Minister in the Prime Minister’s Department Nancy Shukri is hoping for a quick solution to the issue of non-Sarawakian workers in Petronas in the state, reported Borneo Post Online.
Nancy, who is from Sarawak, said the state government’s decision to freeze new work permit applications by Petronas personnel who wanted to work in the state, had its merits.
In recent weeks, Sarawakian politicians on both sides of the divide have been hitting out at Petronas, after a Sarawakian non-profit organisation, Suarah Petroleum Group (SPG), cried foul over Petronas’s lack of prioritisation of Sarawakians in its operations in the state.
Last Monday, the state government froze all work permits for non-Sarawakian Petronas employees until further notice.
Nancy said she was perturbed by many comments surrounding the issue, and feared that if it was not resolved fast, it would lead to an “unhealthy” relationship between Petronas and the state government.
The PBB leader said Sarawakians were becoming more aware of their constitutional rights and the state government had to act accordingly in their interests.
Nancy, who is Batang Sadong MP, voiced hope that Petronas and the state government would resolve the issue promptly.
“There may be opportunists out there wishing us to prolong the issue which doesn’t bring us anywhere. Just think of the employees who have families to feed and continue with their family responsibilities.”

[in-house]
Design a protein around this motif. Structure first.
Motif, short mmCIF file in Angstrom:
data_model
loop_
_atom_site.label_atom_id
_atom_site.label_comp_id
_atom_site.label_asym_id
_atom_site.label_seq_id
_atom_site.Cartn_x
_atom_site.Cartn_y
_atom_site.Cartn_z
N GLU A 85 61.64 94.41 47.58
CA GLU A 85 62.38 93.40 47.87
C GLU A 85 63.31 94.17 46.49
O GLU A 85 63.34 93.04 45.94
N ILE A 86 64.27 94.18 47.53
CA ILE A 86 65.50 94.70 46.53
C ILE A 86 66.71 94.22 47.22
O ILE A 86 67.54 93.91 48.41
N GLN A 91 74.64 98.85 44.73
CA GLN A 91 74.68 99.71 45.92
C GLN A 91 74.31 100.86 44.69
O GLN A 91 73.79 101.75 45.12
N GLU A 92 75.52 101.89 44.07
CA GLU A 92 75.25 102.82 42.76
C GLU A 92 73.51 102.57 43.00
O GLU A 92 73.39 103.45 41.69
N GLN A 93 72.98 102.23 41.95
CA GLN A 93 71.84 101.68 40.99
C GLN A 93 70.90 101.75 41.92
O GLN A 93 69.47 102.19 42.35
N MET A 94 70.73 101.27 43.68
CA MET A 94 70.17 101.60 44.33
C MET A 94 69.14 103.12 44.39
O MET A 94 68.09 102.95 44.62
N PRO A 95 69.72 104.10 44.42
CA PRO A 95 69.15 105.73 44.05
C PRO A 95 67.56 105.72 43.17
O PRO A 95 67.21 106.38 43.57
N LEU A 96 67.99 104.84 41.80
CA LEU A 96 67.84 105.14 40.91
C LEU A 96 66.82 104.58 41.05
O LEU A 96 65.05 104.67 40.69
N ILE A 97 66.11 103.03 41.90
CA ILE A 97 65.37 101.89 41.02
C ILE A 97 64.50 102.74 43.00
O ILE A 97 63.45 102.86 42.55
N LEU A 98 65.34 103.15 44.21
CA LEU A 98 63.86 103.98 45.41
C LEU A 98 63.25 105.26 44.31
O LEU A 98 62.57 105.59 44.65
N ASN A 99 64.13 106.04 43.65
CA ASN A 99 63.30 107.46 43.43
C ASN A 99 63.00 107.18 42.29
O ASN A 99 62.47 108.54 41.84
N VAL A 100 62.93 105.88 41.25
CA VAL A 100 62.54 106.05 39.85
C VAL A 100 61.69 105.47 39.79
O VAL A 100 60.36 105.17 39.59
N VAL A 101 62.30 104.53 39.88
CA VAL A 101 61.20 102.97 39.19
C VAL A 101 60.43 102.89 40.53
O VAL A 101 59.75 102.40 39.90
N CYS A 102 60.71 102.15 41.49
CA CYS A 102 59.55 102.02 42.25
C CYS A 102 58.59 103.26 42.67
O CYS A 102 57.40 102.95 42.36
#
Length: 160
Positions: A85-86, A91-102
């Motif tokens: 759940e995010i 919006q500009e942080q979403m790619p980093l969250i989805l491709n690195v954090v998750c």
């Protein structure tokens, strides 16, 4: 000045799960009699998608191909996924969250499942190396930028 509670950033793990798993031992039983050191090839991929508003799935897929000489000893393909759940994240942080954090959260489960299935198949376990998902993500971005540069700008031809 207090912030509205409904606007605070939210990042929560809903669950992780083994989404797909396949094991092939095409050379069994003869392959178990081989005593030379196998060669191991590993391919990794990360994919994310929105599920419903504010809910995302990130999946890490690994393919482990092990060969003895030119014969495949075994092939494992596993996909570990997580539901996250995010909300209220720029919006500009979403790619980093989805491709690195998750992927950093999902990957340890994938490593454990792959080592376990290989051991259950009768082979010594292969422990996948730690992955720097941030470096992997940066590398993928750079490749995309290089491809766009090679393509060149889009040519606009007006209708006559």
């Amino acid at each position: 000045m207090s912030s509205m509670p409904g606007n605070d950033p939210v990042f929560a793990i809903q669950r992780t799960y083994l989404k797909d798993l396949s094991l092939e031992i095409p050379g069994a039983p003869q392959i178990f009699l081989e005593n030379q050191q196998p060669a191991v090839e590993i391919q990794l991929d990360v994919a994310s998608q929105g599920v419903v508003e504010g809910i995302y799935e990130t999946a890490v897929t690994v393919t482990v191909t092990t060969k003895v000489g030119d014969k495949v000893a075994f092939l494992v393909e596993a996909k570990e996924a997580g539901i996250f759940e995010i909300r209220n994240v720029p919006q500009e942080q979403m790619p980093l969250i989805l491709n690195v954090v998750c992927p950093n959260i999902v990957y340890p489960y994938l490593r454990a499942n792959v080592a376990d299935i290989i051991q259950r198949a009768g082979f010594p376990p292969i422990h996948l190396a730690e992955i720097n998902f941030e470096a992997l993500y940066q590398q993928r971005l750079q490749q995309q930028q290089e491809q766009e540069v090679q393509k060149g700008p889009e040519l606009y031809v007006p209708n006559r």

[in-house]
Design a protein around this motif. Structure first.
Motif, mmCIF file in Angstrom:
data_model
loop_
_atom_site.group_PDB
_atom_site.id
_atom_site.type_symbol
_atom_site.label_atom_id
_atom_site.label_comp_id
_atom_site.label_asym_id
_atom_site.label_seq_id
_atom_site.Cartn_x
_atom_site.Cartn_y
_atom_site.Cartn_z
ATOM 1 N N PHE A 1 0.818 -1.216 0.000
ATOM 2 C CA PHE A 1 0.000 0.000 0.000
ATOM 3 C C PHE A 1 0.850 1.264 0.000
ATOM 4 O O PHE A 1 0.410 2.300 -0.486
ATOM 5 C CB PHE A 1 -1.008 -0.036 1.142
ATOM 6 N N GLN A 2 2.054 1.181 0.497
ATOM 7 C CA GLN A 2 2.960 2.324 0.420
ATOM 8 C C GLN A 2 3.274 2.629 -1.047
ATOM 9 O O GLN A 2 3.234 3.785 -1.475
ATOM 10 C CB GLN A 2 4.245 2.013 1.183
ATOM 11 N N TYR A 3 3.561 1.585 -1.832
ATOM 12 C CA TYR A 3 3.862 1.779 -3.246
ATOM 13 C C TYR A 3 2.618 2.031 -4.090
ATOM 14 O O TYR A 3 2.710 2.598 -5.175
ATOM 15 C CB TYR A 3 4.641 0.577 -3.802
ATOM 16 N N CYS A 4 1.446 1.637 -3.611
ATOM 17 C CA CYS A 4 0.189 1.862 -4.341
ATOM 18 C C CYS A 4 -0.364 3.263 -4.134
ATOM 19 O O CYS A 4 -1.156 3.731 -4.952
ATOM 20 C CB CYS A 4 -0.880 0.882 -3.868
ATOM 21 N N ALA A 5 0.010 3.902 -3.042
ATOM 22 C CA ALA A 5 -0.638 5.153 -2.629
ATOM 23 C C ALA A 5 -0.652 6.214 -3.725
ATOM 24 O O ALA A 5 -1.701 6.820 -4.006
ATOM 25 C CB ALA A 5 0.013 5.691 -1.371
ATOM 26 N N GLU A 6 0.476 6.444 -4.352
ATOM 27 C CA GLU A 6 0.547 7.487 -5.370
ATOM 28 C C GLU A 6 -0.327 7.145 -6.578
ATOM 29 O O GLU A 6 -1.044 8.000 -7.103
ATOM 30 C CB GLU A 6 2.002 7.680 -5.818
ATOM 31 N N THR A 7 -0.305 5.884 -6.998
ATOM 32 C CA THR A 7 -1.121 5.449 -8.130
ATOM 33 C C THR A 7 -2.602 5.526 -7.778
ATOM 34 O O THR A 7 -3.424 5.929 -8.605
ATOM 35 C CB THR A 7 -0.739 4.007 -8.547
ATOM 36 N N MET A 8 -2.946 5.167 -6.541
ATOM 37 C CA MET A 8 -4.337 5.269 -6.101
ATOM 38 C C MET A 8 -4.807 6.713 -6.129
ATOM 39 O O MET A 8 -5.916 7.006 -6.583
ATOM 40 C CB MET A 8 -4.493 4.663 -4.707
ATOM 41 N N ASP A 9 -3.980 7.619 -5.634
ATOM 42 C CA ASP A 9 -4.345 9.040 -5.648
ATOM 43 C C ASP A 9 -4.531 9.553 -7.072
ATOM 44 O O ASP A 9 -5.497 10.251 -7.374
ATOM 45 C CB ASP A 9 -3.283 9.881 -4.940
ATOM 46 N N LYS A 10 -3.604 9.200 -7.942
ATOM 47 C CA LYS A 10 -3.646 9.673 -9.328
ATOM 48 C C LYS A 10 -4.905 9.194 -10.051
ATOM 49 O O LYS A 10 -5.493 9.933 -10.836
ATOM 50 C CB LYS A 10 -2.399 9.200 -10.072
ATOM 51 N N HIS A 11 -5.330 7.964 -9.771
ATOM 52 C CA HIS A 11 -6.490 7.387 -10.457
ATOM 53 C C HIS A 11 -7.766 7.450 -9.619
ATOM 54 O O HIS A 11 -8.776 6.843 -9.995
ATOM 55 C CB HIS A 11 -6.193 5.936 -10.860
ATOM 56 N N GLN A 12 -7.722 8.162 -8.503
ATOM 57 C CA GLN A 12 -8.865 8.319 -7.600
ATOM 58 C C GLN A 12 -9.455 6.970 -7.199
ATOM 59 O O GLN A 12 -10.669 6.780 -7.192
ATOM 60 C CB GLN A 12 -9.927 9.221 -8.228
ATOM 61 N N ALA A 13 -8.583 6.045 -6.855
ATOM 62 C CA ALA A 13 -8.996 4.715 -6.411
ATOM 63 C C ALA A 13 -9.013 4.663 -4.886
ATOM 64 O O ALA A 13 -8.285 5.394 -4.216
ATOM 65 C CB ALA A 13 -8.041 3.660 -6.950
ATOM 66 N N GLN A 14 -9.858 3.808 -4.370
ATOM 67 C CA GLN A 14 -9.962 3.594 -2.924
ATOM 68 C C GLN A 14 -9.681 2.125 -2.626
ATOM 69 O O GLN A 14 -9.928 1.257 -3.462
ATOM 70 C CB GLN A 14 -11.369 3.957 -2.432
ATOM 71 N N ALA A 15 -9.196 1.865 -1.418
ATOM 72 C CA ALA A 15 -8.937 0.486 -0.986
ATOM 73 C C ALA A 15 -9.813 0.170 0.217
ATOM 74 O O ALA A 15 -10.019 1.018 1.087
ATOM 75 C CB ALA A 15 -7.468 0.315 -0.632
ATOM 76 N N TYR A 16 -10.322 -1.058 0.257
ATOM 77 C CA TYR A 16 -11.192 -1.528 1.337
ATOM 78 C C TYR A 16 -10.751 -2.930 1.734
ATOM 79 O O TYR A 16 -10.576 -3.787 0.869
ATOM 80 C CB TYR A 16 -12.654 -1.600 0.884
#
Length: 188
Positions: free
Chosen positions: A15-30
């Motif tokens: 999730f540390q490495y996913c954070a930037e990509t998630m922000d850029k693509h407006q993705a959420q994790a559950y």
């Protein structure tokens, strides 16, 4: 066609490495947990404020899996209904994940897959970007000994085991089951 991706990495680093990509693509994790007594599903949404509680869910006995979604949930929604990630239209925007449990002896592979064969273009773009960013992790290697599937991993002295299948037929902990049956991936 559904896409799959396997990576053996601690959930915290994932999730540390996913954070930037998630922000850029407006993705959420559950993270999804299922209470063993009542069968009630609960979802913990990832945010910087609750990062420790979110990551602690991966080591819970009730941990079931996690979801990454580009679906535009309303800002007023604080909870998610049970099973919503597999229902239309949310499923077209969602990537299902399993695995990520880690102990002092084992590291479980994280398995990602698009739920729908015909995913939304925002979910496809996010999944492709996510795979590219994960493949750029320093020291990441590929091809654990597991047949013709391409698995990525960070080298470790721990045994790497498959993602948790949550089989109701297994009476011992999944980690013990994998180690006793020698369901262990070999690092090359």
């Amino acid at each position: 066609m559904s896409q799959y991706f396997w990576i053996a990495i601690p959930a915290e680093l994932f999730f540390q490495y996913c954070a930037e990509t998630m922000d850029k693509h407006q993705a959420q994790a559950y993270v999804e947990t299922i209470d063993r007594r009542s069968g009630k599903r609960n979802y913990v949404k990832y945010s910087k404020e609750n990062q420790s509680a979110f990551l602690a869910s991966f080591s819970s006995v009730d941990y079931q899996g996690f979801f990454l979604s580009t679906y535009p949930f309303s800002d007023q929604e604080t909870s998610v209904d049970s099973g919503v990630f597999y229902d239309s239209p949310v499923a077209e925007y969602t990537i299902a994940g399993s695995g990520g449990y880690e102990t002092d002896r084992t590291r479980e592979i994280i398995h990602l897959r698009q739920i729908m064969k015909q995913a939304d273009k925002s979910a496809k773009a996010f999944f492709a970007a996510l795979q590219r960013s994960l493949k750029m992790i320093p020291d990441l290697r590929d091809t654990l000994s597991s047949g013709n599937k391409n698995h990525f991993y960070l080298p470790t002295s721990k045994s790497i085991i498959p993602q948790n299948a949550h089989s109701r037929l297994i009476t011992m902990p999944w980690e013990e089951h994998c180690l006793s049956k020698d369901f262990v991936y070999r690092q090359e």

Meanwhile, in another Borneo Post online report, DAP Serian chairman Edward Andrew Luak called on Petronas to emulate Shell Malaysia, which practised ‘Borneonisation’ of its management team in the state.
Edward, a former Shell employee, said in Shell, Sarawakians headed most of the various sections of the operations in its Miri headquarters, while Sarawakians were also put in charge of the operations, technical division, personnel management, corporate affairs and others.
“We witnessed Shell Malaysia, Sarawak Operations and Shell MDS being led by Sarawakians. This scenario is hardly seen in Petronas.
“The board of directors of Petronas and its subsidiary companies, particularly Petronas Carigali, are Malayan (Peninsular Malaysian)-monopolised. Promotions in Petronas are Malayan-driven. Recruitment of professionals, as well as technical staff, is Malayan-driven.
Edward said many people in the state believed that there were Sarawakians who were on par or even better than their Peninsular Malaysian peers, since many of them were among the cream of the crop from local and overseas institutions of higher learning.